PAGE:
Sharp green eyes turned his way. "Next time we're in a hospital, it might be for something worse than stitches, Sam. You need to deal with this so it doesn't keep getting to you, and you being a girl and all, that means talking, right?"
Sam grimaced. "Yeah, thanks, that's real incentive to drag my skeletons out of the closet."
"Hey, I've been showing you some of mine lately, too." It was said so casually, Sam almost didn't realize what his brother had admitted. He turned to catch Dean just looking away, glancing out the driver's side window and adding just as offhandedly, "You want to carry that one by yourself?"
And…no. He didn't. They had been two of the worst days of his life, and not sharing the memory with anyone had only made it harder. "All right," Sam said, nodding. "But then you have to do something for me, too."
Dean's face seized for a moment before it smoothed out. "You mean, besides listening to you angst?"
"Promise me you won't take any of this on yourself." Sam stared at him earnestly. "None of this was your fault, Dean."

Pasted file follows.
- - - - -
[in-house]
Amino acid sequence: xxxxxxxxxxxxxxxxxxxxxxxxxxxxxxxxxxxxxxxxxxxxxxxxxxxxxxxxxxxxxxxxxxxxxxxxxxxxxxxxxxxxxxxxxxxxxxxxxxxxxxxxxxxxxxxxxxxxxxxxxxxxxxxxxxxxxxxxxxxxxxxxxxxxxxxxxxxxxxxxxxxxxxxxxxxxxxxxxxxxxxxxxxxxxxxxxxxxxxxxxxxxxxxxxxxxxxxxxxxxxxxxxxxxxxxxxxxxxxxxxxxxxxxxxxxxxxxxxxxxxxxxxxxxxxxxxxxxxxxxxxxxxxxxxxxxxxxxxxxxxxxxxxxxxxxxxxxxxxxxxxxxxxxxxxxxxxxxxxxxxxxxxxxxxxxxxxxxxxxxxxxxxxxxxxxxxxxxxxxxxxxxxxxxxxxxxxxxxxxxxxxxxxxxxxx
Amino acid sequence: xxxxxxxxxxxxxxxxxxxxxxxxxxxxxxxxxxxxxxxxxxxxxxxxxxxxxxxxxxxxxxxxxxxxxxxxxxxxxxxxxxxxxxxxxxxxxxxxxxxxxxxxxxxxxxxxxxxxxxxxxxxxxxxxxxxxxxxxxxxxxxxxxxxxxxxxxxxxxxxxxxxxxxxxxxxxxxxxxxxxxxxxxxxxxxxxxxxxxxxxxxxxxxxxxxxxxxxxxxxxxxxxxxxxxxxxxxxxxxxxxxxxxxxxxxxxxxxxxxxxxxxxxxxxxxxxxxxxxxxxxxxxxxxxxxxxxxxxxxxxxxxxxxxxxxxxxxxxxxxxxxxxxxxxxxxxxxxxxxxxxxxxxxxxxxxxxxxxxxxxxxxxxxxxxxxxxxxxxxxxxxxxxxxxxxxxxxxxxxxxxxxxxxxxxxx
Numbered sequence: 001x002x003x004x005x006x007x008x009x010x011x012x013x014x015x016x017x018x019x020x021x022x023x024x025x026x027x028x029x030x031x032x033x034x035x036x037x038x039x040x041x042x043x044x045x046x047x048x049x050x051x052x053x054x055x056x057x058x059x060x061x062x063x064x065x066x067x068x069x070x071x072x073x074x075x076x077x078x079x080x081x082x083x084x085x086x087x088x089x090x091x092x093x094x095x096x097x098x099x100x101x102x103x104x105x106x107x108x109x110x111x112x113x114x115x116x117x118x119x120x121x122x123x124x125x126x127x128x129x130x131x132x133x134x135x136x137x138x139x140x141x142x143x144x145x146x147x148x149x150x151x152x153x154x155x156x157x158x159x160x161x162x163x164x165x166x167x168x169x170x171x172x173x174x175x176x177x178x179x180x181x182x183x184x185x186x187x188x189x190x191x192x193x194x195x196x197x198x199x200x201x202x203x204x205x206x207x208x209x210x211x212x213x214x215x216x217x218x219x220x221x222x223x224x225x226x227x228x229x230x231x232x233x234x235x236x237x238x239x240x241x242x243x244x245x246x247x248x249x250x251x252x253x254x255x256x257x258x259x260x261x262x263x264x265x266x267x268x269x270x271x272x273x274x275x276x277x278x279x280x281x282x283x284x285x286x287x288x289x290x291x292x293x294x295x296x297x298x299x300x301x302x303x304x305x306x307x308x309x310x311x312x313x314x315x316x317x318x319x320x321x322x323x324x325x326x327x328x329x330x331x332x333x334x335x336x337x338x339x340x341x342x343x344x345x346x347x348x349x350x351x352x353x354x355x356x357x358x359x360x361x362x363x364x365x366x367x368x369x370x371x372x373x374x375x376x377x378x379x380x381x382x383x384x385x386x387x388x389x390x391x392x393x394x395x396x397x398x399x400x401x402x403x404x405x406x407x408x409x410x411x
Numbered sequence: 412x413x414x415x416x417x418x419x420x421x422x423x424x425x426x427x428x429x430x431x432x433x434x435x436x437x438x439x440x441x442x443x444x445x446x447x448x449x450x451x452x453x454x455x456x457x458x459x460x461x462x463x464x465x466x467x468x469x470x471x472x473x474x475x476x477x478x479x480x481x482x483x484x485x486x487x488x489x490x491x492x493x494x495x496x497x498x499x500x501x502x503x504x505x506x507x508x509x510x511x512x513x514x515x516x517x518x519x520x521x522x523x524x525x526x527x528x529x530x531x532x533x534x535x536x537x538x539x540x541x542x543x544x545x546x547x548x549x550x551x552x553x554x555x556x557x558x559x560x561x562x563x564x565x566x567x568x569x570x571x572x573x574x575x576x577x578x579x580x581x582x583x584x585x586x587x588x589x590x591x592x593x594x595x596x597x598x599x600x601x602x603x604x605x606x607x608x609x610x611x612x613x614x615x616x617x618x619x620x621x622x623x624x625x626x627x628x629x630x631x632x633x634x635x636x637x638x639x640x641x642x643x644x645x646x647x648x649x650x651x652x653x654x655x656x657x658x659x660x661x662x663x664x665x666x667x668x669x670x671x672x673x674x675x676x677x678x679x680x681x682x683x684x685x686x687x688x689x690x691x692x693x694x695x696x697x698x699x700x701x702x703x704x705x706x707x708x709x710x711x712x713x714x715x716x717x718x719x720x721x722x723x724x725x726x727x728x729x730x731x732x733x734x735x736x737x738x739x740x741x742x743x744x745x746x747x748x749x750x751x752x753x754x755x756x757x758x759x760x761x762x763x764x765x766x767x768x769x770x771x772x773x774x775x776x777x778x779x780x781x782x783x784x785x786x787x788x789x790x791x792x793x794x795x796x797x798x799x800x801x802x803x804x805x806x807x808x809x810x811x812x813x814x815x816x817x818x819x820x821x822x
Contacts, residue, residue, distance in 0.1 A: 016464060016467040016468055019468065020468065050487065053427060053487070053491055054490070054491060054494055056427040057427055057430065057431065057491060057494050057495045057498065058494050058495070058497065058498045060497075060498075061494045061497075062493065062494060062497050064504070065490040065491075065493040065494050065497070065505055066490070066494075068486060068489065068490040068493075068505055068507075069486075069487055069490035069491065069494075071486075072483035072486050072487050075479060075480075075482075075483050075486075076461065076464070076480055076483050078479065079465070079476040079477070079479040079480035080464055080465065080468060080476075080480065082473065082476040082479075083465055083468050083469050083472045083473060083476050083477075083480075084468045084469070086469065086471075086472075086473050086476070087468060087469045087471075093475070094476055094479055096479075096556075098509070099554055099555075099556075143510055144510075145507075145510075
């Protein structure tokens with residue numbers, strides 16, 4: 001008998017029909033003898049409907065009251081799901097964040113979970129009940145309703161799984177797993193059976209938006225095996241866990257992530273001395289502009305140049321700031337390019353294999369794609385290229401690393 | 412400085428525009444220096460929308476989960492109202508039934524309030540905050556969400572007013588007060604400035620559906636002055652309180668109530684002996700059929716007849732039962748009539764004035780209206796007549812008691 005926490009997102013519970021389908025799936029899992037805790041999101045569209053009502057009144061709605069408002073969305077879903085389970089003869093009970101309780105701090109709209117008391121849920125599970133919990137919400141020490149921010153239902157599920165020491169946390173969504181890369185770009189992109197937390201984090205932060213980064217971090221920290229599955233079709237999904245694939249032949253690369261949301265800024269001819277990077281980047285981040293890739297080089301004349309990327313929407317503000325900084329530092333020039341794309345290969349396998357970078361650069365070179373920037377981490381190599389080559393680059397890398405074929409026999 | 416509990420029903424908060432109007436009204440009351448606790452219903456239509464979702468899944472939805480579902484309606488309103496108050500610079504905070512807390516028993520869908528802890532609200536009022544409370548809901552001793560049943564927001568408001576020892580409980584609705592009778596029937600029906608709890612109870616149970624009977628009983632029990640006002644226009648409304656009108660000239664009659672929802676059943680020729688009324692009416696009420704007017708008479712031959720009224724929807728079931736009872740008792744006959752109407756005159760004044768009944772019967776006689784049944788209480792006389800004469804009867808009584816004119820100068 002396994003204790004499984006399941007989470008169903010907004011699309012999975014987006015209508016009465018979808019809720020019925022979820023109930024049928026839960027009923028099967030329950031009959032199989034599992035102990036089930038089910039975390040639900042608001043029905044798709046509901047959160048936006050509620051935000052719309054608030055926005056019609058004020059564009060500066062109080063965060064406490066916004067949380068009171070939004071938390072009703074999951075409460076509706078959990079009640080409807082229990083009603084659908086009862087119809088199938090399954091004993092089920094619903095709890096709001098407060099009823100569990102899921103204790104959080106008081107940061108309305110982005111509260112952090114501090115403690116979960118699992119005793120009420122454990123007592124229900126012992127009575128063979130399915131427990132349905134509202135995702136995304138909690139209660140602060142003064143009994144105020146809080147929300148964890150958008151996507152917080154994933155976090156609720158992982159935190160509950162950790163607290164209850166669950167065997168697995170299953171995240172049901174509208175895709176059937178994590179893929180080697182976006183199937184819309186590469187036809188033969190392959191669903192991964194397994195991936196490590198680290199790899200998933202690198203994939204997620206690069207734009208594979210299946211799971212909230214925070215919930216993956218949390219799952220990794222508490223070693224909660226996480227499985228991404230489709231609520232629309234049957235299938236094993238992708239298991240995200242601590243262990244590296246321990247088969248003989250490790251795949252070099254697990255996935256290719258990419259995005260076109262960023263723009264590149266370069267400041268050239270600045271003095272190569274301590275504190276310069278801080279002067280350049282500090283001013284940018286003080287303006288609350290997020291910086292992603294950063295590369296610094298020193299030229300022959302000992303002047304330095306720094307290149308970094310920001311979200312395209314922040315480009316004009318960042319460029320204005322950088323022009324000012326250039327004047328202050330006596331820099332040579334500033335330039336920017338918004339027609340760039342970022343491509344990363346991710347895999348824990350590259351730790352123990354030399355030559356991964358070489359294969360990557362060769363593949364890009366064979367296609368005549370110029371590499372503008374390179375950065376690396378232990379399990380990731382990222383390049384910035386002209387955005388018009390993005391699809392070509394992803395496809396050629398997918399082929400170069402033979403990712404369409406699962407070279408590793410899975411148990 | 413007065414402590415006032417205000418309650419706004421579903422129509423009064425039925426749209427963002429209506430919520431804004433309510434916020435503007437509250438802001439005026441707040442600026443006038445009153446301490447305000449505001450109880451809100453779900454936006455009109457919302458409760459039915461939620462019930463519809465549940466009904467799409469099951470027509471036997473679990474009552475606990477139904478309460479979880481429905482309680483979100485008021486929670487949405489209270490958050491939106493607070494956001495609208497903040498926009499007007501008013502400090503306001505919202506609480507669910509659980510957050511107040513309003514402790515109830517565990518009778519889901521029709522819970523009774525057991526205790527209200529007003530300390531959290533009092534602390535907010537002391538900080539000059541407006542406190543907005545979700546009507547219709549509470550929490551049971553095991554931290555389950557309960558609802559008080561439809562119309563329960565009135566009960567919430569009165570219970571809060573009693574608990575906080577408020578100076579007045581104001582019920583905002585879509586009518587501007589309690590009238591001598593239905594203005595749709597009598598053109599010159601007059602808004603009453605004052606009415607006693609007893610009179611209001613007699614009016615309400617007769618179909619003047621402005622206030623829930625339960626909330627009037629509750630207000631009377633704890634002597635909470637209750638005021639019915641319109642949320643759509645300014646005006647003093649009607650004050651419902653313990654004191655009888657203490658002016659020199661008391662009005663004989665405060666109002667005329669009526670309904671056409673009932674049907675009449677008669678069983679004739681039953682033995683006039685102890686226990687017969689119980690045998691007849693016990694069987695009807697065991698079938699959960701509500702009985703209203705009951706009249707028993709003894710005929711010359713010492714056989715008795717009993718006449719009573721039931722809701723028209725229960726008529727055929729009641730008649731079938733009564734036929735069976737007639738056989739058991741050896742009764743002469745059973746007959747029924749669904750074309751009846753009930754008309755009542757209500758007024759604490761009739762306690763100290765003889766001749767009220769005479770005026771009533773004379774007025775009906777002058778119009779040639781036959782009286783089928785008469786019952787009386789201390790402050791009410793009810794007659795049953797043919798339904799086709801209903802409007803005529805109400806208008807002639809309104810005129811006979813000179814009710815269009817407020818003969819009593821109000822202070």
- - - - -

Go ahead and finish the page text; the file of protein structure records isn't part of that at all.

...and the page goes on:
Dean went silent, expression shuttered.
"Please, man. I won't make this better for me by making it worse for you."
Dean shifted in his seat and gave him an uneasy glance. "Geez, Sam, what did I do?"
"No! That's not what I mean. I just…I don't want you to feel worse. No matter what happened, no matter what Dad or the demon did, you came back, Dean, and that's all I asked for."
Dean was silent a long time, his face unreadable in profile and the dark of the country road. Sam's stomach turned uneasy cartwheels while he waited for what would happen.
They were almost at the motel before Dean finally spoke.
"Beer first, then promises, okay?" He glanced sideways at Sam.
Who nodded, relaxing. Wondering why he'd even doubted. "All right."
And as they ran inside through the rain together, Sam actually believed it might be all right.